Today is the 200th anniversary of the births of both Abraham Lincoln and Charles Darwin. I didn’t know until recently that they were born on the exact same day. This connection makes sense, given their shared staunch opposition to slavery. Today is also the 100th anniversary of the founding of the NAACP.

For much of my childhood in Illinois, Lincoln’s birthday—not Washington’s—was a no-school holiday. (“Land of Lincoln,” you know.) I was a little sorry to see it merged into President’s Day: Lincoln was pretty amazing and deserves his own day, I think. And it goes without saying (*cough* last eight years *cough*) that some presidents don’t merit much celebration.

So as you move through today, pause for a moment to reflect on the efforts of those who have worked to dispel prejudice based on so-called race*. We’ve got a long way to go—but we’ve come a long way already, and that gives me hope.

*As an anthropologist by training, I have to mention that race is a social construct, not a biological fact.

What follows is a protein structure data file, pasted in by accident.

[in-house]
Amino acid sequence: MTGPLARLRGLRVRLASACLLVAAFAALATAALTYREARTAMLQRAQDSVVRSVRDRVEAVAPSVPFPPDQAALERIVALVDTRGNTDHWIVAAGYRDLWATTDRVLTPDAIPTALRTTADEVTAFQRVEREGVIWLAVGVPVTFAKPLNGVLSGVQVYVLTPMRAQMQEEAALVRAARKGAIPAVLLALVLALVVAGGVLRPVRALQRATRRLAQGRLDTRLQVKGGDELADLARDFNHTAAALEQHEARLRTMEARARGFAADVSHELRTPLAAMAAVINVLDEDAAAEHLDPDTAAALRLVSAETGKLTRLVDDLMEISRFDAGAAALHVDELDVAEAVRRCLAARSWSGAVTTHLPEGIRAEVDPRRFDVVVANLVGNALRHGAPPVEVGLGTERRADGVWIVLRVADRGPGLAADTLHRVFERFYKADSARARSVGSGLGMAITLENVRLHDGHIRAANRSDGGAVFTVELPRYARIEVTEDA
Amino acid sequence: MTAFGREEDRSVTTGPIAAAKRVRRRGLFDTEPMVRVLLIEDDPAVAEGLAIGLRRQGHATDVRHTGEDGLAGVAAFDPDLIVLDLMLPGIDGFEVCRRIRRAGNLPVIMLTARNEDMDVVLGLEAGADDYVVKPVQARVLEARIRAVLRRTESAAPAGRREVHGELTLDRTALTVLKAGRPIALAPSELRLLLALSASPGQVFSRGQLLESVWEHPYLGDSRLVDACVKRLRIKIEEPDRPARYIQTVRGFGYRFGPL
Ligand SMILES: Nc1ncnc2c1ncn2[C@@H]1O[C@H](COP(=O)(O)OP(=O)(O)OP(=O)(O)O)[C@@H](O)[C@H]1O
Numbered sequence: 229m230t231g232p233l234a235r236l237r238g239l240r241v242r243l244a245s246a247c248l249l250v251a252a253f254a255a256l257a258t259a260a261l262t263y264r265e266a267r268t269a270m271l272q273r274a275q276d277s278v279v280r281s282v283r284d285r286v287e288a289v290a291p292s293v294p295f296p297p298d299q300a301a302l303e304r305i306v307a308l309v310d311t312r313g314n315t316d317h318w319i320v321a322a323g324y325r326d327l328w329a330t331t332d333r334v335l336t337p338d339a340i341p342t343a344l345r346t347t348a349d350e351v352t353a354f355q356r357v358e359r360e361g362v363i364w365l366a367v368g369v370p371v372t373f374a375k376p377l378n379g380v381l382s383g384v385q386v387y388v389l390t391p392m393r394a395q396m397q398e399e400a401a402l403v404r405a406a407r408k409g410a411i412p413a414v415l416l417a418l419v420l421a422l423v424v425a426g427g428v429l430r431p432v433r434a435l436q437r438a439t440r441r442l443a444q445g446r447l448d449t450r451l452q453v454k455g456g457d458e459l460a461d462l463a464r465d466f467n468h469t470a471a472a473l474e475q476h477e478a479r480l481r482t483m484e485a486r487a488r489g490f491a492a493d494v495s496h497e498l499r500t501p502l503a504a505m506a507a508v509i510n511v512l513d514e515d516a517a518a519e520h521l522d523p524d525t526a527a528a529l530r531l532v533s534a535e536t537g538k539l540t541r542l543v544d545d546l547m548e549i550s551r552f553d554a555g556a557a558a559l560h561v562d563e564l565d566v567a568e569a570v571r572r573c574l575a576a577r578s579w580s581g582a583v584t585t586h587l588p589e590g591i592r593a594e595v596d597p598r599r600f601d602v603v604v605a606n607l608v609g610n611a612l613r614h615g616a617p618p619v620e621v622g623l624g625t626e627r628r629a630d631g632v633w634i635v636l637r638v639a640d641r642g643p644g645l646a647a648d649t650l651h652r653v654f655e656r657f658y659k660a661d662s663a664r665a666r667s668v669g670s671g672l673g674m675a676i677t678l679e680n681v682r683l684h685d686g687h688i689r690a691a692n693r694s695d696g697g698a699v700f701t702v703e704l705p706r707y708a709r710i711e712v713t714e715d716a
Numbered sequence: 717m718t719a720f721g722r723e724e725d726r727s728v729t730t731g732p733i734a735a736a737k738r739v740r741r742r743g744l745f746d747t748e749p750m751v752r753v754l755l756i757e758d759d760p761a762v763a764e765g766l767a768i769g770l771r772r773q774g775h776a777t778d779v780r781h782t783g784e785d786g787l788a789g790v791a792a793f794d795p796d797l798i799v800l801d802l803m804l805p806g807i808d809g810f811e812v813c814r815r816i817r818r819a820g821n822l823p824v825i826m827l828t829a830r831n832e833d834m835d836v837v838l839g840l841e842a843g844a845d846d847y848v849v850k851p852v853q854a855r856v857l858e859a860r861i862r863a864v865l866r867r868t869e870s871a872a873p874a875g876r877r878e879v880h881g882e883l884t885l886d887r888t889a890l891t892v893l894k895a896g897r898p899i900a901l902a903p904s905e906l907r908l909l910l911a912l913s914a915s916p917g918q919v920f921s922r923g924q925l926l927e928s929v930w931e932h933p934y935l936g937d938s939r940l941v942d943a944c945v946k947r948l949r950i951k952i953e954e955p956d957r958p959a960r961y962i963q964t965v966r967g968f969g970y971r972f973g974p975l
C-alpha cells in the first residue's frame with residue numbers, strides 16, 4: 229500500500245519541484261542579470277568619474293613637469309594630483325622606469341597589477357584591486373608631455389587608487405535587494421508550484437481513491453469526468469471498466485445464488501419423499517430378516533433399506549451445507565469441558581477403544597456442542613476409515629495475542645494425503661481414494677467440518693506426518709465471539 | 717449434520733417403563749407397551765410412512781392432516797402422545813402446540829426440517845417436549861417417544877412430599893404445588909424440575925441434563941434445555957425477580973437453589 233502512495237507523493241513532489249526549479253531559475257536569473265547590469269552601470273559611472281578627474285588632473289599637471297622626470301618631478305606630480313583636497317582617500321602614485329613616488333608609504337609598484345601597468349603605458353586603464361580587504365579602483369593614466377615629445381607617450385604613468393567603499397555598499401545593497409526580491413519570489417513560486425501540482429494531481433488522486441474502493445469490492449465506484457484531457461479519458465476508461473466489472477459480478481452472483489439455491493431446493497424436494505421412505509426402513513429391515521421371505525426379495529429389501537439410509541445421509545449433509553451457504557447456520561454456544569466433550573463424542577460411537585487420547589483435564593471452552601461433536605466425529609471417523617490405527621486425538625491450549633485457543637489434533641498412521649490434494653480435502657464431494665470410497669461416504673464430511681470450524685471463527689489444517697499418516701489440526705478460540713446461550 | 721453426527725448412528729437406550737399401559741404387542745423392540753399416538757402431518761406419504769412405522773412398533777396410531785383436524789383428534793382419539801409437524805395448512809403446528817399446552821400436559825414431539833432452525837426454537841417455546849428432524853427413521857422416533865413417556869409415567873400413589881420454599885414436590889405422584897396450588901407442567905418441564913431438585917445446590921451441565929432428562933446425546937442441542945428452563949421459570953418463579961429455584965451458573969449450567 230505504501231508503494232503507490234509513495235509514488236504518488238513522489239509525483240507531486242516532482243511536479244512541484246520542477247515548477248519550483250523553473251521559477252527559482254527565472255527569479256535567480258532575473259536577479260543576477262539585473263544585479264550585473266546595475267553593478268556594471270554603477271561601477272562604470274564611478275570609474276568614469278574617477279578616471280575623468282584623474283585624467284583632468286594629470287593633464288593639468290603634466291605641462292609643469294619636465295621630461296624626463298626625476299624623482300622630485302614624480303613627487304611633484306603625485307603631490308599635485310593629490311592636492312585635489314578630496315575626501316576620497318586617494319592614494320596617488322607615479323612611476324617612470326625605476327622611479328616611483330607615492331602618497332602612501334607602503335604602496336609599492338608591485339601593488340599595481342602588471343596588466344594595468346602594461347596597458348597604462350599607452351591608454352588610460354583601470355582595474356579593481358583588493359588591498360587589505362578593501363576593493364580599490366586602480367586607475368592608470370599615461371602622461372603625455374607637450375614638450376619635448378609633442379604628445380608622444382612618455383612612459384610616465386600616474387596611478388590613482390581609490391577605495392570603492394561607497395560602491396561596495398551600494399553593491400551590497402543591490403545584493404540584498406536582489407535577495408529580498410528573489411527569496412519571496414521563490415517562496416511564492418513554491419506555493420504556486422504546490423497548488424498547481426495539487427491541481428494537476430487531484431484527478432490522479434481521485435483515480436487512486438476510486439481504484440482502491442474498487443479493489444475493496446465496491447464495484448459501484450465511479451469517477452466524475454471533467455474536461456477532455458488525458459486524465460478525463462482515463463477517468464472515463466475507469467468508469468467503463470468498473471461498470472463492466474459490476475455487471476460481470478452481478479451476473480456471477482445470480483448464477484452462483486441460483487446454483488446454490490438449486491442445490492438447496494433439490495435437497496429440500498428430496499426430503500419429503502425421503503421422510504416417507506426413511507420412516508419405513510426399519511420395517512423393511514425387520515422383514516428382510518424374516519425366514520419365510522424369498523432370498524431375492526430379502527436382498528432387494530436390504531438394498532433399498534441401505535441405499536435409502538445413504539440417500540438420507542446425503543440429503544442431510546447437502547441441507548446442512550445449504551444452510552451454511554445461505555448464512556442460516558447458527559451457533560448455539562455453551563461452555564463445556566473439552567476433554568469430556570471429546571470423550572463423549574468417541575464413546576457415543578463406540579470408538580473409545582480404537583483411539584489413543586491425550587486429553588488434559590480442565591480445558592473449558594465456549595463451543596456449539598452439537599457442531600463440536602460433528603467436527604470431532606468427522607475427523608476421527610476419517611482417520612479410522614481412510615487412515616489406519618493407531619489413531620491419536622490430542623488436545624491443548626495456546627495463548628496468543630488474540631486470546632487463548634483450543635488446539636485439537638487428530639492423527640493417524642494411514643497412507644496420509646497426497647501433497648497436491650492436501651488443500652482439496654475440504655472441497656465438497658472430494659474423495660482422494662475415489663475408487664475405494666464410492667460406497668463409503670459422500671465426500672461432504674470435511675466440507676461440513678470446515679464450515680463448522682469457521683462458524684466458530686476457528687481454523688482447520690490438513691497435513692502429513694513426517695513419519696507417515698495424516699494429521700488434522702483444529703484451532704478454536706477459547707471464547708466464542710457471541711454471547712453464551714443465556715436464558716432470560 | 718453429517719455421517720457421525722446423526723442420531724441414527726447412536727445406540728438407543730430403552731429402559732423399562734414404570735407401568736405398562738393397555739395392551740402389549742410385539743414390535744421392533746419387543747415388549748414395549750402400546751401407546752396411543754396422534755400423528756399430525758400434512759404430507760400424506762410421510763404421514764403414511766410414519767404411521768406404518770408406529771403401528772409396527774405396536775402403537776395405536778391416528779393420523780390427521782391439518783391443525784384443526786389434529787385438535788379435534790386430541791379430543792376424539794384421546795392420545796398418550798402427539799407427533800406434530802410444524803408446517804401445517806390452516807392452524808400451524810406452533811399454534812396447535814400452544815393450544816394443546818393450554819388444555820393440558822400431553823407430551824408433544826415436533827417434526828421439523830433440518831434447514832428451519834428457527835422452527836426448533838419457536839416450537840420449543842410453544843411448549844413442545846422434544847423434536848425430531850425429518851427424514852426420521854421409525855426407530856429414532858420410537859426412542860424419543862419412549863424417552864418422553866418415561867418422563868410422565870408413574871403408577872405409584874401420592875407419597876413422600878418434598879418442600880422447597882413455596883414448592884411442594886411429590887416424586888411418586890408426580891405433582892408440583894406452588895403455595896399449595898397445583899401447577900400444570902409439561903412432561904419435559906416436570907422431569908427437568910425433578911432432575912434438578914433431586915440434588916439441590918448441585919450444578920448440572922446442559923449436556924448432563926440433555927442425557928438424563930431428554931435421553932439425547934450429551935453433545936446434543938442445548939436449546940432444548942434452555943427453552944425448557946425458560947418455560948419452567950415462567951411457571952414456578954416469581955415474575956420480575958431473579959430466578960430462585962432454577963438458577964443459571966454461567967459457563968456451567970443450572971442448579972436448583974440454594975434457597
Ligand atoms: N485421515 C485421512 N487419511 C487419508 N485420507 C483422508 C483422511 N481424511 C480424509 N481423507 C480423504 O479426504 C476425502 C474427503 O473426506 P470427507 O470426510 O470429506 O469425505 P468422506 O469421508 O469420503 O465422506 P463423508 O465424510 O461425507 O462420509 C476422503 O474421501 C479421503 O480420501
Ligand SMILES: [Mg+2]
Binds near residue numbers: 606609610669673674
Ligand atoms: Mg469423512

6 Responses to “Anniversaries”

  1. Shannahon 12 Feb 2009 at 1:09 am

    Thank you for the reminder.

    And isn’t it momentous and wonderful to have so many great anniversaries together?

  2. Chrison 12 Feb 2009 at 9:17 am

    I had no idea!

  3. Melissaon 12 Feb 2009 at 11:13 am

    My kids do not have school today (here in Springfield, Illinois) and we are heading downtown for a few of the many Lincoln events. President Obama will be in town for a banquet this evening. The 1908 race riot that prompted the formation of the NAACP also occurred in Springfield. Obviously, the riot is not an event to celebrate, but certainly important to remember. It is nice to have a day to reflect on our city’s history and teach our children about Lincoln, Darwin, politics, and “race.”

  4. MACon 12 Feb 2009 at 2:03 pm

    I do have to point out that even though the folks in Illinois are always trying to claim Lincoln as their own, he was born here in Kentucky, near the tiny town of Hodgenville. His family roots run deeply into Kentucky (and Virginia since Kentucky was created from Virginia).

    So, the real party is in Hodgenville, Kentucky, the birthplace of Abraham Lincoln.

  5. Katie Jon 12 Feb 2009 at 8:57 pm

    A good day indeed.

  6. Marshaon 15 Feb 2009 at 3:17 pm

    @Melissa: Did Springfield never stop celebrating Lincoln’s birthday as a holiday, or was it recently reinstated? (And look at you, putting quotation marks around the word “race”—you anthropologist, you! Heh.)
    @MAC: This reminds me of how both Ohio and North Carolina are feuding over which is the true “birthplace of aviation.” :)